6.  Sleep.

I still haven’t found a quick “SOS” type of remedy to alleviate brain fog.  Sleep, though, is the closest I’ve gotten.

Sometimes, a nap during the day or a full night’s sleep was the answer I needed to kick a bad day of brain fog.  It is also no surprise that sleep deprivation can be a major trigger, so prioritizing sleep is imperative for functioning and thinking clearly.

Brain fog or not, sleep is important.  So be sure to make it a priority and take notice of whether or not a daily nap or a few extra hours at night seem to help.

7.  Spend time outside.

This is my favorite tip.  While I wish I never had to experience brain fog on any level, there were definitely some positives that came out of it and this was one of them – I started to appreciate the outdoors.

Sometimes, nature seemed to be the only thing I could connect with.  There was no need to think, talk, or even move if I didn’t want to.  Simply enjoying the sunlight, fresh air, and wildlife was refreshing and stress-relieving.

This is important, especially if you work indoors.  Take a break and go for a walk or sit outside once or twice a day.  Yes, even if it’s cold, rainy, or snowy – it’s not that bad once you get going.

8.  Let loved ones know.

This can be difficult, embarrassing, and may seem like it’s not even worth it.  I know that many of our loved ones, friends, colleagues, etc. do not seem to understand.

From their perspective, it may be difficult to be sympathetic.  They simply cannot comprehend the feeling unless they have experienced it themselves.

But letting them know is better than hiding it.  Sometimes the most unexpected people are incredibly sympathetic and supportive.

9.  Say “no” if you need to.

This is my 2nd favorite tip.  Why?  Because learning to say “No” is a very useful skill but is something that many people find difficult to do.

But if you have brain fog, I believe this is a necessity and you will learn it quickly.  It will benefit you for the rest of your life.

Social situations, for example, can be incredibly stressful.  Small talk can actually be pretty exhausting if you can’t manage your thoughts and make conversation.

Take it from me…

If you aren’t feeling it, don’t go.  Just say no (and don’t feel guilty).

I have found through my own experiences that some social situations, like those with close family and friends, may be helpful.  Other events like graduation parties, wedding receptions, etc. tend to cause more stress due to the loud music and constant activity.

Pay attention to the types of social situations and outings that stress you out and don’t be afraid to avoid them in the future.

10.  Listen to your body.

Symptoms are a gift!  They aren’t necessarily pretty, but they are a very obvious way for your body to tell you that something isn’t right.

It’s best to respect your body’s messages by eating right and sleeping plenty.

If you choose to exercise, try not to push your body.  Walking or stretching may be more beneficial for the mind than cardio and other high-intensity workouts.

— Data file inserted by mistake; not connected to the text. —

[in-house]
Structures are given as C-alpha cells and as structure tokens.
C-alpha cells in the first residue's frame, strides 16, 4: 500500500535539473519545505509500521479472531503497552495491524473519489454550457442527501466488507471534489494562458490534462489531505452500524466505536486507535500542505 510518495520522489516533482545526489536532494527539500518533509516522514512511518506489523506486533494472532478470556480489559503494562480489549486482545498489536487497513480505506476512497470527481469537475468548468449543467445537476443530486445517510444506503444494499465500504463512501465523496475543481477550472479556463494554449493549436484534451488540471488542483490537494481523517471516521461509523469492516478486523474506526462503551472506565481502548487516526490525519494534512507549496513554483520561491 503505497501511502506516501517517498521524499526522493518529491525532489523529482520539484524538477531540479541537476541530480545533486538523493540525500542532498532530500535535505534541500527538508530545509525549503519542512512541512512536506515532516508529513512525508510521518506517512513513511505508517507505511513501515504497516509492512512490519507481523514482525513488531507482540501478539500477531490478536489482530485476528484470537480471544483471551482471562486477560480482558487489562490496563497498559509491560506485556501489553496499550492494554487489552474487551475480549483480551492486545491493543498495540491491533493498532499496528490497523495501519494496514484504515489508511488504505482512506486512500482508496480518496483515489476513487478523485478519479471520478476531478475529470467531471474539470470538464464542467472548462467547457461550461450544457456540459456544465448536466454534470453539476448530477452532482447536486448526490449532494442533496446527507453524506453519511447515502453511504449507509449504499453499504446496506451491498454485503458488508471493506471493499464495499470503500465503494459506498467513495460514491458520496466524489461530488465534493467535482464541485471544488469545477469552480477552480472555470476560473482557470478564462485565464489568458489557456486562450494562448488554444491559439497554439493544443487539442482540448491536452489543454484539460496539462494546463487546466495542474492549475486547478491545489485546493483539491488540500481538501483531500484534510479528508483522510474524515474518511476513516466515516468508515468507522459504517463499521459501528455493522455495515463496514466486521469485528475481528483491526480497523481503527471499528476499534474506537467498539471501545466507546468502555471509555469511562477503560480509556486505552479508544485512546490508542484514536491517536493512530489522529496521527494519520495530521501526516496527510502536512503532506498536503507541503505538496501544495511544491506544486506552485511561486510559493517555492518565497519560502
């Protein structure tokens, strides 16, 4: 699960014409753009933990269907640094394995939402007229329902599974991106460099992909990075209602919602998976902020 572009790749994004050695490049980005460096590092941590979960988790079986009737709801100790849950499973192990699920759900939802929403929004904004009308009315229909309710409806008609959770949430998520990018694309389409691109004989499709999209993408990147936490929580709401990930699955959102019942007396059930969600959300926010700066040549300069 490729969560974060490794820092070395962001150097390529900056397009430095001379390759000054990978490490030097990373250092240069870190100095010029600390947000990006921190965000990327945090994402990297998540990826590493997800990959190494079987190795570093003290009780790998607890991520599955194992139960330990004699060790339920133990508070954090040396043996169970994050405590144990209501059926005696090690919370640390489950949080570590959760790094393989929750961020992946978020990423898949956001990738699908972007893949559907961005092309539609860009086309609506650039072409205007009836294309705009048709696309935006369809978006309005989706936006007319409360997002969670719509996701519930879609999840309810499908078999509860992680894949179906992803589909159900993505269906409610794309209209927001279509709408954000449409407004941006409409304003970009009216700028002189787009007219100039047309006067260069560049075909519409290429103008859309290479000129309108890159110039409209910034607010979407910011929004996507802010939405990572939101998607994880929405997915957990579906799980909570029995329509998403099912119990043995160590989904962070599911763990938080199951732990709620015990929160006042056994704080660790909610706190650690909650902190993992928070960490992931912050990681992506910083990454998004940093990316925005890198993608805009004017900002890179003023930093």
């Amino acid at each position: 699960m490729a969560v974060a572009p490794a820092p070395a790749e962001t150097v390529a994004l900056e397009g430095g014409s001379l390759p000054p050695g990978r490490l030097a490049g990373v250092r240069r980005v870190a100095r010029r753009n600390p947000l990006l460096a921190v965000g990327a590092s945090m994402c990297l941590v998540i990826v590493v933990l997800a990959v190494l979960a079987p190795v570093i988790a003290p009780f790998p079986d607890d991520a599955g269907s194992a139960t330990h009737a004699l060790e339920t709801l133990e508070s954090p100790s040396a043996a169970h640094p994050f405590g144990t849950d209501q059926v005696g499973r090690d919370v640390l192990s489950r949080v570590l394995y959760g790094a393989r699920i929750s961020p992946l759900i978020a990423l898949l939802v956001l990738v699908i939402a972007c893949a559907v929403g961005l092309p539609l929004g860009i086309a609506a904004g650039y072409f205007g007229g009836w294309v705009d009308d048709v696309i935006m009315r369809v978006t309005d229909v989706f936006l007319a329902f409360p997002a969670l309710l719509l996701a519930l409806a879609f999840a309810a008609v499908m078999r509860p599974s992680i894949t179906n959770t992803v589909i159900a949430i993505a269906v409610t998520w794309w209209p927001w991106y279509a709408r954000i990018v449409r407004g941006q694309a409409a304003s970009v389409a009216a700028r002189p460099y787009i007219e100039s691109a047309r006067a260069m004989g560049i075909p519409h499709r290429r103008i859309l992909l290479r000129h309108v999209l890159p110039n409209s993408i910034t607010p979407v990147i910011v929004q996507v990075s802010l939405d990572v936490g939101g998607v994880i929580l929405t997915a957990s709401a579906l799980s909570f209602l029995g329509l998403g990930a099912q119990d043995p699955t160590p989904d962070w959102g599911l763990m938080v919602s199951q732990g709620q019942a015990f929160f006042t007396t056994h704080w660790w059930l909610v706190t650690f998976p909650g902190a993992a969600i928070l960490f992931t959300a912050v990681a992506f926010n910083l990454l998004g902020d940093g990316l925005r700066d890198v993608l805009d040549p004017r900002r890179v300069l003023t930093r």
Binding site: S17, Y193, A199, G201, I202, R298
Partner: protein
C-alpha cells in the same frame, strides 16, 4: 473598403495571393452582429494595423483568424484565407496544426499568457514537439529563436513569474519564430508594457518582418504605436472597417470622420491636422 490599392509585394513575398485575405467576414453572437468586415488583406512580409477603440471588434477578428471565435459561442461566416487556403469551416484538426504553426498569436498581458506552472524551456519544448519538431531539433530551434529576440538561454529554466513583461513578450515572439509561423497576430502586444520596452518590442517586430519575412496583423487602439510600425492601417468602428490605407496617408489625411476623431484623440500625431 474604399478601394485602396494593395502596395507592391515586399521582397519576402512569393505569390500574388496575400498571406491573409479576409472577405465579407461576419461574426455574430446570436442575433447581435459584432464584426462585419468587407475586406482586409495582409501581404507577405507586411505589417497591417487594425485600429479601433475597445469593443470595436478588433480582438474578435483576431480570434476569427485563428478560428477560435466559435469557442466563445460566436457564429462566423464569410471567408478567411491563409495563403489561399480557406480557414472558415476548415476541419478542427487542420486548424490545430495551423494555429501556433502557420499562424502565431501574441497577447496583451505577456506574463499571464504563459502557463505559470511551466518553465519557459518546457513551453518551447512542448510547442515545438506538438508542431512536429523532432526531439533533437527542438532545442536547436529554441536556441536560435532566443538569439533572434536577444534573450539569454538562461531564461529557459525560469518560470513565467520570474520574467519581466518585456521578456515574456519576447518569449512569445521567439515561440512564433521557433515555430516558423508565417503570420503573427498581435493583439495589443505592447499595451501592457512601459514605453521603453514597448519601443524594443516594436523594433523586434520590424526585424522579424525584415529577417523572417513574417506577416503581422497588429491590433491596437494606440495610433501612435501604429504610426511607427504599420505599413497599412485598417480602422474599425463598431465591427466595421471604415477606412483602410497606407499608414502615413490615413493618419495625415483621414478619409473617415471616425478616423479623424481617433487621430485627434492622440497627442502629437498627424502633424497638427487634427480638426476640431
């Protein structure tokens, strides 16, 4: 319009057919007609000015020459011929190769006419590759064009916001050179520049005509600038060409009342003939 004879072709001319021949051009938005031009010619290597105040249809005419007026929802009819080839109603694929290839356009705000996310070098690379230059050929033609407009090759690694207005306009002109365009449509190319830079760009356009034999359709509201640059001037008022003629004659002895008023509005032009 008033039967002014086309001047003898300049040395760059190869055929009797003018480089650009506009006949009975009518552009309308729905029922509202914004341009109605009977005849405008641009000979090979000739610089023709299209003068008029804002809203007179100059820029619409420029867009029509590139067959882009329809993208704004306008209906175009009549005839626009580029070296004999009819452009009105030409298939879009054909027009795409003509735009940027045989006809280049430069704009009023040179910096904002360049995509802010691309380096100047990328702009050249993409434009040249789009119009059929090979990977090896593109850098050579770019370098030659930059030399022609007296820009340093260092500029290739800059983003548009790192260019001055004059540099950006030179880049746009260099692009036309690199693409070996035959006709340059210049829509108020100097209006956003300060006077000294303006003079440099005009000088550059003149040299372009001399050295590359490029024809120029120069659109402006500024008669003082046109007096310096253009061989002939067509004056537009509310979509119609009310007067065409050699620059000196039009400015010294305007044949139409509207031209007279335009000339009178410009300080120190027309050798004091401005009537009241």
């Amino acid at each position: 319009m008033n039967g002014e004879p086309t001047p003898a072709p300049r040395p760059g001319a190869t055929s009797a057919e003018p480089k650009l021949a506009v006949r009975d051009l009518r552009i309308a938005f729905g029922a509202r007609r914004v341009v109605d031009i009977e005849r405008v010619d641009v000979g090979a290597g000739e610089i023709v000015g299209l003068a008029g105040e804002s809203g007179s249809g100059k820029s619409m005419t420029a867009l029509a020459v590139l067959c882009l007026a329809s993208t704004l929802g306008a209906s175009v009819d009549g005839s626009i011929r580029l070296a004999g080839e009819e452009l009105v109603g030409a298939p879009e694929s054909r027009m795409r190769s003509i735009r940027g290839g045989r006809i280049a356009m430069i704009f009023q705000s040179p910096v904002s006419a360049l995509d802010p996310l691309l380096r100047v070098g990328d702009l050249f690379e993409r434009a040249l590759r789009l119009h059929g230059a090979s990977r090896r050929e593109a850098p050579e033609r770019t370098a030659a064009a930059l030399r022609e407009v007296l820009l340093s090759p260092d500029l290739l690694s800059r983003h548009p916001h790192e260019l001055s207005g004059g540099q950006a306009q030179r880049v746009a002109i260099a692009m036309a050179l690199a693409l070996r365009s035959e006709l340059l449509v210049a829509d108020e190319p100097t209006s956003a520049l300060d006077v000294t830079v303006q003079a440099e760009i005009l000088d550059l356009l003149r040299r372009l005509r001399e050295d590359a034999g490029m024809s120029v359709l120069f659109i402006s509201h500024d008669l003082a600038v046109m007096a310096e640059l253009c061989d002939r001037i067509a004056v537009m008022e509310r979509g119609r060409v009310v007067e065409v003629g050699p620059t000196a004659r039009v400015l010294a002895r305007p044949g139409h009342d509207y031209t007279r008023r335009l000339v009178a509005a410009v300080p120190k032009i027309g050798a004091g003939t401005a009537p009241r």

Remember that brain fog can be paired with other symptoms and may be just another piece of the puzzle to help you find the root cause.  I encourage you never to just focus on treating the symptoms, but to always dig deeper to find out WHY your body is giving you signals.

Start searching right away for a functional medicine practitioner, holistic doctor, nutritionist, or naturopathic doctor in your area that will take your symptoms of brain fog seriously.

I also recommend reading the following blog posts written by various functional medicine practitioners to learn more about possible causes:

Causes and Natural Treatments for Brain Fog

Heal Your Gut, Heal Your Brain

A Functional Medicine Expert’s Guide to Tackling Brain Fog

Finally, just remember to give yourself a break – it’s not easy.  But, if you are determined, you WILL find the answers you need to banish brain fog forever.

In the meantime, remember to still have some fun and enjoy the simple things.  If you’re like me, then maybe you’ll forget some of the memories you’ll make.  But you can at least look back and say that you didn’t let brain fog keep you from finding and experiencing joy within your life.

Do you have brain fog?  If so, share some tips on what has helped you.
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bench with blurry green background with text overlay - Coping with Autoimmune Symptoms: 10 Tips to Help You Cope with Brain Fog

 

Comments 6

    1. Post
      Author

      You’re welcome, Annette! I am so happy you found it helpful. Brain fog is really a tough symptom to crack… I wish you the best on your health journey.

  1. One of the activities i recently discovered that help me on my no-energy, foggy days is pairing socks. How satisfying to see six pairs of socks that had been separated for far too long. And are now ready to keep my feet warm, once again.?

    1. Post
      Author

      Iris, that is awesome. Yes, paired socks are so amazing! Laundry is actually one of the chores I despise the most, but I found that I really don’t mind it on my foggy days. Thanks for reading. 🙂

  2. Hi Anna,
    Thanks for all the awesome info. Brain fog has been a real trial for past 20 years, getting worse. Your article has given me hope and new ideas, and permission not to do some of the things I know are unhelpful for me on bad days. Thank you and God bless you for the encouragement.

    1. Post
      Author

      Liz, 20 years is a long time to live with brain fog. That breaks my heart. I know that I also struggled with accepting the fact that I should avoid the things that made my brain fog worse. It made me feel as if I was weak, but I’ve learned that is not the case, and I need to be listen to what my body is telling me. Overcoming that hurdle has been huge for my mental and physical health. Our bodies are wise. I will pray for you and your healing, Liz. God bless!